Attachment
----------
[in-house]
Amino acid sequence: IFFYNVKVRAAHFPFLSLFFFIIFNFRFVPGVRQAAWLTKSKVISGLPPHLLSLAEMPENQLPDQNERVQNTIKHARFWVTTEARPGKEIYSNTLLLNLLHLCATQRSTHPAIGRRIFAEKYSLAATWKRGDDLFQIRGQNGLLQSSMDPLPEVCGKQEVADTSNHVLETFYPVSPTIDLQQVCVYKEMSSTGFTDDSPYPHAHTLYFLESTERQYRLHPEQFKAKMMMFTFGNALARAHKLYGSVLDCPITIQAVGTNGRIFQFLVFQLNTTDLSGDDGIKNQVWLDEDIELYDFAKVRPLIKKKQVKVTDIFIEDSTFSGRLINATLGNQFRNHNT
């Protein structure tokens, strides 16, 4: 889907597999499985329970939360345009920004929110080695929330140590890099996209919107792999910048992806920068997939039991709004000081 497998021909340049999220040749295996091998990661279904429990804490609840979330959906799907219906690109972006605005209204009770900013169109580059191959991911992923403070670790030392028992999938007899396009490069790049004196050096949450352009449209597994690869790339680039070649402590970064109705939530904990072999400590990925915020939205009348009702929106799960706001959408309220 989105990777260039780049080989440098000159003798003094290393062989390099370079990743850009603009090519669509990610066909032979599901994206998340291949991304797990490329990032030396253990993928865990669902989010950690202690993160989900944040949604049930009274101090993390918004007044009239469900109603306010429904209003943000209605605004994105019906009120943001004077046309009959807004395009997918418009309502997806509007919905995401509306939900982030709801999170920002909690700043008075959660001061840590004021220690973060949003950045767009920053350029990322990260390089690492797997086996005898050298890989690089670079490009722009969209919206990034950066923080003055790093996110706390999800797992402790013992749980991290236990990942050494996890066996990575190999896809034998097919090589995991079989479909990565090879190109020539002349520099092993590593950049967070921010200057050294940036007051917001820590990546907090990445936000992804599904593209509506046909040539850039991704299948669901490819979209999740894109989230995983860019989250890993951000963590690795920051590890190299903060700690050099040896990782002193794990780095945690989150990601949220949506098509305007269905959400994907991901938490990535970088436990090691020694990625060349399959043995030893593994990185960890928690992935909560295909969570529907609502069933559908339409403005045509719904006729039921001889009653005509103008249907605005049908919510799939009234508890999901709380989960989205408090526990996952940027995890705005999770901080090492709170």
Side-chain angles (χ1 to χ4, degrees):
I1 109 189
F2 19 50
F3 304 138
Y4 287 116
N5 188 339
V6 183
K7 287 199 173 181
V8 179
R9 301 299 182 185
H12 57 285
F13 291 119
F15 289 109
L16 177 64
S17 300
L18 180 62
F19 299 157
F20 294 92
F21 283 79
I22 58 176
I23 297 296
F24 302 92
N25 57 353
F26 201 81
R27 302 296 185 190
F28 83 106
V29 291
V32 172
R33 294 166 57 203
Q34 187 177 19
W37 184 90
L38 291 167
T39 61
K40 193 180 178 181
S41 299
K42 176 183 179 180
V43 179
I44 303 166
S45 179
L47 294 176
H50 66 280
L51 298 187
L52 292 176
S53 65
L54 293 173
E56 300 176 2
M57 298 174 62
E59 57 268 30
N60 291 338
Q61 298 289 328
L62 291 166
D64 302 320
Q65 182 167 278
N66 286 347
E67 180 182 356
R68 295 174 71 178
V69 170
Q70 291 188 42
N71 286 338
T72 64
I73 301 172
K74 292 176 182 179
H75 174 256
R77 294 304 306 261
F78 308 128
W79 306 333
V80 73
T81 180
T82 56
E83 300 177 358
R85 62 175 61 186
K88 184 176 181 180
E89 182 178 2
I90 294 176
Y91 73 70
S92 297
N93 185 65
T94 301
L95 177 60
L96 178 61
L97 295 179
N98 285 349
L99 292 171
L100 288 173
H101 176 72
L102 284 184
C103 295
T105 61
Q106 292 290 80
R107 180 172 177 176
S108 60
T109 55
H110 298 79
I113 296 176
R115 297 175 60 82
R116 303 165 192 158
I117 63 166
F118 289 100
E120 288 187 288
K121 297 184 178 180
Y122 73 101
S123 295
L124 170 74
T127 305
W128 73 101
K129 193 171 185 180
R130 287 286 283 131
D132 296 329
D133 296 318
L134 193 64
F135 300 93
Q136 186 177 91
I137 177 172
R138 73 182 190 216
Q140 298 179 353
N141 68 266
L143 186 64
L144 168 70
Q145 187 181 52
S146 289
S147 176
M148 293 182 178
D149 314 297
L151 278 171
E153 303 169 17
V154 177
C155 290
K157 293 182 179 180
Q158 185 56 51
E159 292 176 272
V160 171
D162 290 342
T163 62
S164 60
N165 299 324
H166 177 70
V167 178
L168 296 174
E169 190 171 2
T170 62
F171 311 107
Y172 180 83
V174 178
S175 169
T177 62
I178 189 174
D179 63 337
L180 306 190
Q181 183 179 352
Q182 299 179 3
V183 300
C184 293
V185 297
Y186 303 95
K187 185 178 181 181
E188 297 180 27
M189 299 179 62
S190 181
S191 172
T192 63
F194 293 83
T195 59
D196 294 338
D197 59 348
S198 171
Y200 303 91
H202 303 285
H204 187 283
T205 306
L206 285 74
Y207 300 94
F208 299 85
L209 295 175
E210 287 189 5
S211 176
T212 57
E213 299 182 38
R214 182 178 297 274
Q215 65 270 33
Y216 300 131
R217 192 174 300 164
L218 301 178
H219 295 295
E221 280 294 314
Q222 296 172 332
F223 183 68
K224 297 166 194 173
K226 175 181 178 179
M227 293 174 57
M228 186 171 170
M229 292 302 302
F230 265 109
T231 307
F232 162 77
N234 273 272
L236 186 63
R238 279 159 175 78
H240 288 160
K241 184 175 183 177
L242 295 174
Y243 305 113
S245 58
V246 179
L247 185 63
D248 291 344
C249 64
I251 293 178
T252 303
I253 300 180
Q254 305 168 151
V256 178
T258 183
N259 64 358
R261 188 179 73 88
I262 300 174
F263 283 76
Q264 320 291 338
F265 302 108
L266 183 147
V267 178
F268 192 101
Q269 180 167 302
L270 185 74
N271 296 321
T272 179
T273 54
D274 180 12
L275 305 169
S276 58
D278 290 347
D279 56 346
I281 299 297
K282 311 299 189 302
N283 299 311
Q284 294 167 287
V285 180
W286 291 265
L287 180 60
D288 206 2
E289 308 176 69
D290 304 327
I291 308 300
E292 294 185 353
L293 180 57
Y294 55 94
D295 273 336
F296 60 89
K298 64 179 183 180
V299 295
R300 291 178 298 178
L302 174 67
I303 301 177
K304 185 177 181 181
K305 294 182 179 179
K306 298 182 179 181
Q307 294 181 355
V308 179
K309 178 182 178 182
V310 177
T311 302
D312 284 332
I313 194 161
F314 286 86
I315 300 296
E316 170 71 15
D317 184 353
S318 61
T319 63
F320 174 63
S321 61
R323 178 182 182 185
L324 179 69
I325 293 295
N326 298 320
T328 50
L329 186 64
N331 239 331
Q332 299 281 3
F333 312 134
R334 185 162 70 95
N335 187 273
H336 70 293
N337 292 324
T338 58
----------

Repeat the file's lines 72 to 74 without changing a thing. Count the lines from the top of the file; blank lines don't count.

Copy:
T82 56
E83 300 177 358
R85 62 175 61 186